The North American market is showing the larger average increase of 15%, while London International is up 13%. By class of business, Professional lines saw the strongest pricing actions with average rate increases at 20%. This is ahead of both last year's second quarter and this year's first quarter, driven by the rapid escalation in cyber lines. These have delivered accelerated increases in the quarter, which reached more than 40% by June.

In other professional lines, London and Canada are stable, averaging close to 20%, while in the U.S. rate increases are averaging in the low double digits. Liability lines averaged close to 13%. Primary Casualty has remained generally stable at these levels, while the pace of increase in AXIS Casualty is down from its highs.

Marine liability remains strong in the high teens. Property rate increases clustered at about 12%. That is only very modestly down from last year's quarter, but sequentially, it's up from the first quarter of this year. Other specialty lines continue to do well in the low to mid-double digits with renewable energy, where we're a global leader standing at close to 20%.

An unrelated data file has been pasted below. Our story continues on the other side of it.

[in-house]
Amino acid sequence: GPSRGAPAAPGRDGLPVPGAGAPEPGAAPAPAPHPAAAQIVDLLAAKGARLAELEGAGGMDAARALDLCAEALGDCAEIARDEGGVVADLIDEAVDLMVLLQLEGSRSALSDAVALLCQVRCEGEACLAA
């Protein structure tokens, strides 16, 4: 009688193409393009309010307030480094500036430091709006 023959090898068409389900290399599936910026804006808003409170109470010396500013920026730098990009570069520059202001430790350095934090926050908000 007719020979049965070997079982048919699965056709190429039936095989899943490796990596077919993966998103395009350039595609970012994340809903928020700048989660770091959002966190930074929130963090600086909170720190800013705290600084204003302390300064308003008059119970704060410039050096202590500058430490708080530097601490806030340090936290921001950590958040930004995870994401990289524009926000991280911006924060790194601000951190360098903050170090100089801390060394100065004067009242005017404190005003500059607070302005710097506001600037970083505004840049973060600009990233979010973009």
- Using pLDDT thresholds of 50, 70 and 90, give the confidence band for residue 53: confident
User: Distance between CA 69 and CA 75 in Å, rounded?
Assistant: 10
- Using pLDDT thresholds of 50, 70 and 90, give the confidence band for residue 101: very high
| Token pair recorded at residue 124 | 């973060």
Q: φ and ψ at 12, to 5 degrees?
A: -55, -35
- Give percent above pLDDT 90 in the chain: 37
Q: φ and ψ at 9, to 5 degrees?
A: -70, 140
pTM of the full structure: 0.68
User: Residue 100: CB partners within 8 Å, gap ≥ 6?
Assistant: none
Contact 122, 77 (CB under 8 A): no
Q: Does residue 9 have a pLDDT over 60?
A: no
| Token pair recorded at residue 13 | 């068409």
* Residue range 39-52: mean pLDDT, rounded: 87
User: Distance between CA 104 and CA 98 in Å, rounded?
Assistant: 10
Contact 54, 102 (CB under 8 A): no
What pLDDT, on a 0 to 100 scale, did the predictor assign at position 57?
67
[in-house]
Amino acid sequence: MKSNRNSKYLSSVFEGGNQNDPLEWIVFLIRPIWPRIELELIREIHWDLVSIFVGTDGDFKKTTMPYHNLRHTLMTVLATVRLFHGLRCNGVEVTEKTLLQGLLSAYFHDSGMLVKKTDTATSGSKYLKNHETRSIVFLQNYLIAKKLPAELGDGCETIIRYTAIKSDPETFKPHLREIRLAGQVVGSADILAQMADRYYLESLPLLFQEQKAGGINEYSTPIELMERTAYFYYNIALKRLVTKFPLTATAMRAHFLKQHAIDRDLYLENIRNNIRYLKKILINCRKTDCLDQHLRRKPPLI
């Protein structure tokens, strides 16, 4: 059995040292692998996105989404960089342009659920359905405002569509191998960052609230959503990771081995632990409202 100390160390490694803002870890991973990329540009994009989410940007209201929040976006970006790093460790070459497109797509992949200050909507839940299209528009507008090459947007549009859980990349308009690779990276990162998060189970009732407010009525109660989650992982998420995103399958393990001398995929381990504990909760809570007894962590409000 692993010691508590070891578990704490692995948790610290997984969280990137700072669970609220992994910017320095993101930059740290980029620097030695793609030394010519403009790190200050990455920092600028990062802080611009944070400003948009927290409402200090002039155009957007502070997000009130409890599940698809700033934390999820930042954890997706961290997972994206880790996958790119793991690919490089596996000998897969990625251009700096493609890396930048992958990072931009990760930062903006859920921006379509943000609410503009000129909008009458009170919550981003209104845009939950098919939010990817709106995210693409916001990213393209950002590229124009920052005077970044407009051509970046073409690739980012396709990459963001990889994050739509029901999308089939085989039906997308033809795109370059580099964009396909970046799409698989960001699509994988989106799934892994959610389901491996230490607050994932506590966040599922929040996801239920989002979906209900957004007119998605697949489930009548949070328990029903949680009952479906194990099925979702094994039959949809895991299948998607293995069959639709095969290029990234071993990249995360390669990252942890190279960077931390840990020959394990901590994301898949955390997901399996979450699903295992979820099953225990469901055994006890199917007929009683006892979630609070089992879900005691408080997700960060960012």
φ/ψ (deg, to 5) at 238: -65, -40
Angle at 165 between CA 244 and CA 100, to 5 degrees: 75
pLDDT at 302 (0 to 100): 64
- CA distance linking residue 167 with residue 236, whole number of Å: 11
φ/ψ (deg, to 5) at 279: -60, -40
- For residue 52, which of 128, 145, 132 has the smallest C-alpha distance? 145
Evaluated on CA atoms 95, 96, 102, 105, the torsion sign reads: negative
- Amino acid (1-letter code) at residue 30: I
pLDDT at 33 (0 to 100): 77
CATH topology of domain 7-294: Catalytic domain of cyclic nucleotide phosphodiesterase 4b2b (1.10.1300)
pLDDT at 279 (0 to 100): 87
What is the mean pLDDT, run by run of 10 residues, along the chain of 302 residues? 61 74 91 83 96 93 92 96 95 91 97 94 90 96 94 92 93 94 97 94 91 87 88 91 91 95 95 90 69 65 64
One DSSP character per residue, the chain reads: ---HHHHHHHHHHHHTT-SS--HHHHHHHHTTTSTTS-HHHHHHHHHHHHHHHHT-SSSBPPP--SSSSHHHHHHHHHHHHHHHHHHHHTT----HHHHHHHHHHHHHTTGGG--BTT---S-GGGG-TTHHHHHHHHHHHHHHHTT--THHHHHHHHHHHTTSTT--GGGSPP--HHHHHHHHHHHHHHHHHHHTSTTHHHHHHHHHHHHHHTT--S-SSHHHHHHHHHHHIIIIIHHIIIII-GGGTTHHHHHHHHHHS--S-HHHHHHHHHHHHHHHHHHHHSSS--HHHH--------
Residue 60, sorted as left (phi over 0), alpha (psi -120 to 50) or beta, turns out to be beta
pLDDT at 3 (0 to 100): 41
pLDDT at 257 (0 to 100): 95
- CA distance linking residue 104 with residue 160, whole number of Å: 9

Aviation is up more than 12% and several lines within our marine book are up in the mid- to high teens. So with all the changes in the dynamic market, conditions remain quite strong, with 97% of our insurance portfolio renewing flat to up and fully 60% of our portfolio by volume, achieving rate increases of 10% or better. Let's move on to reinsurance. We estimate that the overall reinsurance rate change was up about 12% in the second quarter as compared to 11% in the first.

By region, the North American market was strongest with averages increasing about 13%, followed by EMEA, LATAM at 12%, and Asia at 7%. By class of business, liability came in just above 20%, professionalizes followed at 15%, and property and cat trailed with averages only in the mid-single digits. Looking at the big renewal since we last spoke, for the June Florida renewals, there continue to be an abundance of capital with heavy competition for the higher layers, all of which pressured pricing. While pricing was reported to be in the plus 5% to 20% range, the higher rate increases were mostly in the harder to complete lower layers, most exposed to frequency losses.

For AXIS, we've continued to reduce our exposure in Florida as we do not believe that pricing in this market has reached attractive levels. Finally, during the July 1 renewals, which impact approximately 10% of our portfolio, we saw overall rate increases in the 8% range. The July renewals relate mostly to North American accounts where, on average, rate increases were about 10%. Other regions were up in the low to mid-single digits.